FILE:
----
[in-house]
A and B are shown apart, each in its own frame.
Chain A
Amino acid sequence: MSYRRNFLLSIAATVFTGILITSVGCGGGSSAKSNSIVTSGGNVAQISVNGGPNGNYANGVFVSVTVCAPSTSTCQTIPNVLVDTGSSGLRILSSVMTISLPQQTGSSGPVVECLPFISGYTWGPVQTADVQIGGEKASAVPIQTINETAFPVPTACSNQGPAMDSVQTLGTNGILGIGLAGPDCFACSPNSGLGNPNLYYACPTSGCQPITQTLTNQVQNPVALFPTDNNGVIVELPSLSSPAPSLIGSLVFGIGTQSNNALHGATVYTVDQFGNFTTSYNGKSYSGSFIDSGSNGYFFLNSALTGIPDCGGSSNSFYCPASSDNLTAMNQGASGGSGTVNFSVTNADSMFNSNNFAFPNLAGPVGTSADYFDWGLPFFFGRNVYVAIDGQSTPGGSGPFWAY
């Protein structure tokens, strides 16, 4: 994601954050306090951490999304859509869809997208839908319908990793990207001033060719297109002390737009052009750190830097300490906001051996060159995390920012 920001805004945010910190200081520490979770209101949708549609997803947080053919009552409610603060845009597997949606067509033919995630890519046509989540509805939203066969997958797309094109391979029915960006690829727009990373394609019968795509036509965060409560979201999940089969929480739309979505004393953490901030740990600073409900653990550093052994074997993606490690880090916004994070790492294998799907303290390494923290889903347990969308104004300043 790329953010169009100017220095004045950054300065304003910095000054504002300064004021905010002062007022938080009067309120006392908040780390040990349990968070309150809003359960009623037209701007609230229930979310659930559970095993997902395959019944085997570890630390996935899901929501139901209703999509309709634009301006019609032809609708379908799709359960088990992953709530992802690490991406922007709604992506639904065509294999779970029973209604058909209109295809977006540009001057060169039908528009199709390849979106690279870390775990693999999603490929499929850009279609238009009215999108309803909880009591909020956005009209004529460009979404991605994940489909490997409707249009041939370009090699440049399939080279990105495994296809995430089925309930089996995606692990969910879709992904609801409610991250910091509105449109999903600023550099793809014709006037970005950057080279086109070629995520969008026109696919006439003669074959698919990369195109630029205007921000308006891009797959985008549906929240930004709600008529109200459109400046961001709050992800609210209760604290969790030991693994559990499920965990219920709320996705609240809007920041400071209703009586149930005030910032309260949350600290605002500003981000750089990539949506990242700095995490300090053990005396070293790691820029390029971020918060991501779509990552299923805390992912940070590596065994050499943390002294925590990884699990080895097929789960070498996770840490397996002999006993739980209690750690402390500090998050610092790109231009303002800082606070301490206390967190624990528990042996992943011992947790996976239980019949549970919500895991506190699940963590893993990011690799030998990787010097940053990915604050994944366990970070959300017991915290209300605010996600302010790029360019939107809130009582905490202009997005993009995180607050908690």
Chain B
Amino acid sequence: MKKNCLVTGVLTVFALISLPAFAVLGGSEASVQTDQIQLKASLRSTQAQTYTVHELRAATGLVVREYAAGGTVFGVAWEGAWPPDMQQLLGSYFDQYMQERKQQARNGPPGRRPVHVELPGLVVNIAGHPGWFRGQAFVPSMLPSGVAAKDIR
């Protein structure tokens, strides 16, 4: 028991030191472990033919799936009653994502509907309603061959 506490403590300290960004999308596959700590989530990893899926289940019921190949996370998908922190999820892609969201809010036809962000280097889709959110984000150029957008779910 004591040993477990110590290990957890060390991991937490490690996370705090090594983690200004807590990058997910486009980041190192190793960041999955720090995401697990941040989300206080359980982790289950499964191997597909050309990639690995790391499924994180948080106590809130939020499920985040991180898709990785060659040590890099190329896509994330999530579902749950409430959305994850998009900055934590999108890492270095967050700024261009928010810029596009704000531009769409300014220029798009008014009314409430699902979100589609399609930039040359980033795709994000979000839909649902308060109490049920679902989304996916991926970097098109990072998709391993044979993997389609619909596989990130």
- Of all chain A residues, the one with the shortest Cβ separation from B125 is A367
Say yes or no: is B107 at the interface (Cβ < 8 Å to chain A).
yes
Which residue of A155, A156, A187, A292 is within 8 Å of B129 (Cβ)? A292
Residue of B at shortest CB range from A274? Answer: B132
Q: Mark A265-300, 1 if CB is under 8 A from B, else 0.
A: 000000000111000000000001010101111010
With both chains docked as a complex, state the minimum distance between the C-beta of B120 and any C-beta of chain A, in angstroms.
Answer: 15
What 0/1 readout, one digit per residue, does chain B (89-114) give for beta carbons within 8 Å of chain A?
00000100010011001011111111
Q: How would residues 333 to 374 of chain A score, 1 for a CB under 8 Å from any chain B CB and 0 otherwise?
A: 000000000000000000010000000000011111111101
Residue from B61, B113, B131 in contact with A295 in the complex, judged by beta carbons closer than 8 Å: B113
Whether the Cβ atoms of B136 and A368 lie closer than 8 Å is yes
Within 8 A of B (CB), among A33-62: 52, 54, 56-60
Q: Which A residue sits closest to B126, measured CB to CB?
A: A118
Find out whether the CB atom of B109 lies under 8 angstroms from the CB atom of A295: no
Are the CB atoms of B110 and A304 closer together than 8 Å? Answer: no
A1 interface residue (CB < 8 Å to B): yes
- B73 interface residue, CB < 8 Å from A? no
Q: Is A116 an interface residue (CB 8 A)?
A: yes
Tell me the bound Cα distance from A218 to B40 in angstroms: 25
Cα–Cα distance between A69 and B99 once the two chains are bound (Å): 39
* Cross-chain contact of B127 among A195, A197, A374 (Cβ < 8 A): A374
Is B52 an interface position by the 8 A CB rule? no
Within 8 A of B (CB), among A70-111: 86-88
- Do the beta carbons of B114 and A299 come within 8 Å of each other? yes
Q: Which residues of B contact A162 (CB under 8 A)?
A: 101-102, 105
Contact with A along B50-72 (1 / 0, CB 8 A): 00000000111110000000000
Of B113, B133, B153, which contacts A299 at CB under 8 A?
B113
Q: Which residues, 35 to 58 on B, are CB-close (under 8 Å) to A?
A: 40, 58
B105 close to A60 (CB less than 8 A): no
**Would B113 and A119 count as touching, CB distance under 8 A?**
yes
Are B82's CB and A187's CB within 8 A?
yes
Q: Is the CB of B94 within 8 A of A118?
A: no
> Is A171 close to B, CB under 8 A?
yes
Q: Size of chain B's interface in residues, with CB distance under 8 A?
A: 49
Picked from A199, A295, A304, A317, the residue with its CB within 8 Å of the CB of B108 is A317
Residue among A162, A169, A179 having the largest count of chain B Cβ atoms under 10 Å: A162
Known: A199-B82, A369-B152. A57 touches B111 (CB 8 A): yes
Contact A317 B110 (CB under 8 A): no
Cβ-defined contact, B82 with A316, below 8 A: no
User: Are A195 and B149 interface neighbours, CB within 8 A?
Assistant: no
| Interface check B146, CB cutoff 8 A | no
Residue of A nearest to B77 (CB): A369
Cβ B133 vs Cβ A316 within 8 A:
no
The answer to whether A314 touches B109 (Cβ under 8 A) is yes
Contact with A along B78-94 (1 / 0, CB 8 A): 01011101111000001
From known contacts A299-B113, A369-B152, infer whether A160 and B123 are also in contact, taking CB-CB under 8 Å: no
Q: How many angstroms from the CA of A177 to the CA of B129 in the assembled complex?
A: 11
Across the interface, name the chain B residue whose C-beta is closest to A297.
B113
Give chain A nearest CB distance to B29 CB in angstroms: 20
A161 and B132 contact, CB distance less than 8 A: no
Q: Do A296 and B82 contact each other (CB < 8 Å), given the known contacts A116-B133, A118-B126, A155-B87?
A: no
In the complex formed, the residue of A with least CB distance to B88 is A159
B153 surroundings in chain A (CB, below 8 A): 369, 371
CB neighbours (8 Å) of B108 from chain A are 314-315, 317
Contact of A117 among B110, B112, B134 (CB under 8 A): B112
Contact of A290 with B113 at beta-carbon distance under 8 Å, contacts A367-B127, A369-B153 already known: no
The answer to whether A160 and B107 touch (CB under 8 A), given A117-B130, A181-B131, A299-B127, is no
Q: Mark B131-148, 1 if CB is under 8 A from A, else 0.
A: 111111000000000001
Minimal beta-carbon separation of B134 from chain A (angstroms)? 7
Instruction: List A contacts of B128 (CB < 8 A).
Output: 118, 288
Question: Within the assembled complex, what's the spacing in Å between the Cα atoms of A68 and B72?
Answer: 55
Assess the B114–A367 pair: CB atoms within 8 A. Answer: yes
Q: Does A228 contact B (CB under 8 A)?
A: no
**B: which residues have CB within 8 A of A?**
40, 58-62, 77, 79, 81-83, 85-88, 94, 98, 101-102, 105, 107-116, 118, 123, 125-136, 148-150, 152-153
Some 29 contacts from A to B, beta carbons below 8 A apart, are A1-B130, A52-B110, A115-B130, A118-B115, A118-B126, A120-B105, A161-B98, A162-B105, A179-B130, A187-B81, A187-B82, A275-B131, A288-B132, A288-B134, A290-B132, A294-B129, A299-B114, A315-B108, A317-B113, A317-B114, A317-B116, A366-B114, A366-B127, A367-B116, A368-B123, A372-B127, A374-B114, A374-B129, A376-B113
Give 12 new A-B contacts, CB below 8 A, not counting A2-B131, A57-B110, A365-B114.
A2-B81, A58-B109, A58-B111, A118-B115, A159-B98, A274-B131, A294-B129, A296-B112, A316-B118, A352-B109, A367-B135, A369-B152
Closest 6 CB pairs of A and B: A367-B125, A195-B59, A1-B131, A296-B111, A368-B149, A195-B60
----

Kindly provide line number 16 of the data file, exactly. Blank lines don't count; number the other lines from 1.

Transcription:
With both chains docked as a complex, state the minimum distance between the C-beta of B120 and any C-beta of chain A, in angstroms.